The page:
Diagnosis accuracy of thoracic ultrasonography in severely injured patients
© BioMed Central Ltd. 2007
Published: 22 March 2007
Thirty-three percent of severely injured patients suffer from thoracic trauma . Diagnosis of pleural and pulmonary lesions at the bedside in the emergency department is difficult. Clinical examination (CE) and chest X-ray (X-ray) have limited sensibility and specificity. Contrast-enhanced computed tomography (CT scan) is the gold standard. CT scan has limitations: it takes time to be performed, implies transport of severely injured patients, and has ionising effects. Thoracic ultrasonography (US) can be quickly performed at the bedside in the emergency room. It has good diagnosis accuracy in ARDS patients . The purpose of this study is to evaluate the diagnosis accuracy of US in severely injured patients in the emergency room.
We prospectively evaluated 90 patients (median age: 41 (7–89) years) who were admitted to the emergency room of the Grenoble University Hospital over a period of 9 months. Pneumothorax, hemothorax and alveolar consolidation were diagnosed by CE, X-ray and US. The physician who performed the US was not involved in the patient's management. The diagnosis accuracy of each technique is compared with the CT scan interpreted by the radiologist.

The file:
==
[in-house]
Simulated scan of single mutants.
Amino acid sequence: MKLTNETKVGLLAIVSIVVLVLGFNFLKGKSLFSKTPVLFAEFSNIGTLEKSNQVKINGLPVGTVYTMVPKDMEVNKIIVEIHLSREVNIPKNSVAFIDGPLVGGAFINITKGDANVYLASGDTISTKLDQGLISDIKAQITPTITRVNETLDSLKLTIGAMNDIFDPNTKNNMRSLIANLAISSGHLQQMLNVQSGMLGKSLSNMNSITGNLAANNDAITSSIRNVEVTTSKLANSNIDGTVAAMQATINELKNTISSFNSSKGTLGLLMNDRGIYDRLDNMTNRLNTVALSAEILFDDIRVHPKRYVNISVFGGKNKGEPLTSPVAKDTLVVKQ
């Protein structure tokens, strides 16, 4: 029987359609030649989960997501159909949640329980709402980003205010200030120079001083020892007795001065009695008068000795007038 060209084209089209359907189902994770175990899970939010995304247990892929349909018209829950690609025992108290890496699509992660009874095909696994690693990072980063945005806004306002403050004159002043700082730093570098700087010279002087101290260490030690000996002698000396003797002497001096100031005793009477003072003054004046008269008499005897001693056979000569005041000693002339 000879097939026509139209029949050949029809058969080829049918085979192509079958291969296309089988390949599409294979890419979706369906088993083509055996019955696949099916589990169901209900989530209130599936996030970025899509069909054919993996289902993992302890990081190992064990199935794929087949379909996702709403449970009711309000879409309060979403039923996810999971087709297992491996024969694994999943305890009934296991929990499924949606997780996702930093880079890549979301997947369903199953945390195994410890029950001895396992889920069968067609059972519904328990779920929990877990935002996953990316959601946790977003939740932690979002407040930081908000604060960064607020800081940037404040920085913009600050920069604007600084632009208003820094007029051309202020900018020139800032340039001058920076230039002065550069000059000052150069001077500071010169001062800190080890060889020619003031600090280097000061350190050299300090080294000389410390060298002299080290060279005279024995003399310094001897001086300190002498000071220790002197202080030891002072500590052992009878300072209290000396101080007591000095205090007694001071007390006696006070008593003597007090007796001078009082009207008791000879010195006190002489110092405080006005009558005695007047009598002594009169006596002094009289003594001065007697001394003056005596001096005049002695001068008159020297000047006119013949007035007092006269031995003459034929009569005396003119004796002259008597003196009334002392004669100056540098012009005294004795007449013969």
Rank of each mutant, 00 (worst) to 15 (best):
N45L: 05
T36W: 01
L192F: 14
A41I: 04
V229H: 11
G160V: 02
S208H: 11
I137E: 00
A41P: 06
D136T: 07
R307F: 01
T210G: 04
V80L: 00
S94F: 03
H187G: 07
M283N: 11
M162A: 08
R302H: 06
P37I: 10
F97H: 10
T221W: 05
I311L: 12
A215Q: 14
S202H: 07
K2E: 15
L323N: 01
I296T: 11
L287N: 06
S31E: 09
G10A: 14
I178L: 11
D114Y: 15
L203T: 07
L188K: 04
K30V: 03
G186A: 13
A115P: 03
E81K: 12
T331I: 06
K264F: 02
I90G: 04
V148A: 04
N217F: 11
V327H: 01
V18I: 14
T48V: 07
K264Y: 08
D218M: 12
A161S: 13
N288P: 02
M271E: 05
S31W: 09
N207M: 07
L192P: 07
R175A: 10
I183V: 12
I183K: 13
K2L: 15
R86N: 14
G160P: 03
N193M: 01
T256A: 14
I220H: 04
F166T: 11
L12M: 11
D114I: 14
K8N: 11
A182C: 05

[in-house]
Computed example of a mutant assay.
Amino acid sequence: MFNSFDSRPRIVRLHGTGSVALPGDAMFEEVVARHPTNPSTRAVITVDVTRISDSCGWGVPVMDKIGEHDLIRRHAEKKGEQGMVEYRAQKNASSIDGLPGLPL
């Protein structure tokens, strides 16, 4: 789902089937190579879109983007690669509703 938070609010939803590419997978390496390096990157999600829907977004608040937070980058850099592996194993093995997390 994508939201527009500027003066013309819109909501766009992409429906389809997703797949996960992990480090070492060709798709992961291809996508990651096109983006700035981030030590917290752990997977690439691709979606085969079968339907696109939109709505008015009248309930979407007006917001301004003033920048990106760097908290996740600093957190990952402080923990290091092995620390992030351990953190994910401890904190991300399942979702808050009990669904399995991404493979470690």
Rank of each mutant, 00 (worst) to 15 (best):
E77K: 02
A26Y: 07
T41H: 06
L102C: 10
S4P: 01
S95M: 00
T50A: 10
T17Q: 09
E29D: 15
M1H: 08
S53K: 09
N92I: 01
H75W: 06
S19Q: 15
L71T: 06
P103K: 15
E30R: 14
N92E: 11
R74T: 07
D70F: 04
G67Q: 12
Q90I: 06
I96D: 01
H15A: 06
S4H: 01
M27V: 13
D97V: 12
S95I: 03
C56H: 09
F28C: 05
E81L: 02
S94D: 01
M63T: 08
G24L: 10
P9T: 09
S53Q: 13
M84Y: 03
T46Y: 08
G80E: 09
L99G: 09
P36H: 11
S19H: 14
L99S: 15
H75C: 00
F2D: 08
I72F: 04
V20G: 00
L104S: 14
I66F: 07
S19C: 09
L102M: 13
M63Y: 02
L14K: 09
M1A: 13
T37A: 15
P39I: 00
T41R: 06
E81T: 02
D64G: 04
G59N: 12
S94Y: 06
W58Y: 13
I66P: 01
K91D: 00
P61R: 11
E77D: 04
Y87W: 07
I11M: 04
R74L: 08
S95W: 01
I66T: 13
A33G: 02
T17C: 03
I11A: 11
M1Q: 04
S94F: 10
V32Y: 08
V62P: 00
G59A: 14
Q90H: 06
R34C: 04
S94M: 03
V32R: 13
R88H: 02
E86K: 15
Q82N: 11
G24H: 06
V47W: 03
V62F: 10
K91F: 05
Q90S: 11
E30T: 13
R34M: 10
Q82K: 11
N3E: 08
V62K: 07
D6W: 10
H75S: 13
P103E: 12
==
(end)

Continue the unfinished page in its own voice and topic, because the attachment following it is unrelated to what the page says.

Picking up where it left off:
Sixty percent of patients had a chest trauma IGS II 22 (8–104), ISS 20 (0–59), thorax AIS 2 (0–5), SOFA 1 (0–11), oxygen saturation at the entrance 100% (74–100), mechanical ventilation for 56% of patients. We studied 179 hemithorax. For hemothorax (n = 16), the sensitivity/specificity/positive predictive value/negative predictive values (%) were CE: 13/95/18/92; X-ray: 13/95/20/92; US: 63/95/56/96. For pneumothorax (n = 30), CE: 20/96/50/86; X-ray: 17/100/100/86; US: 53/93/62/91. For alveolar consolidation (n = 100), CE: 17/95/81/47; X-ray: 29/98/94/52; US: 69/82/83/67.
Ultrasonography has a better sensitivity than CE and X-ray with a comparable specificity. In the emergency room it is a reliable modality for the diagnosis of pneumothorax, hemothorax and alveolar consolidation in the severely injured patient.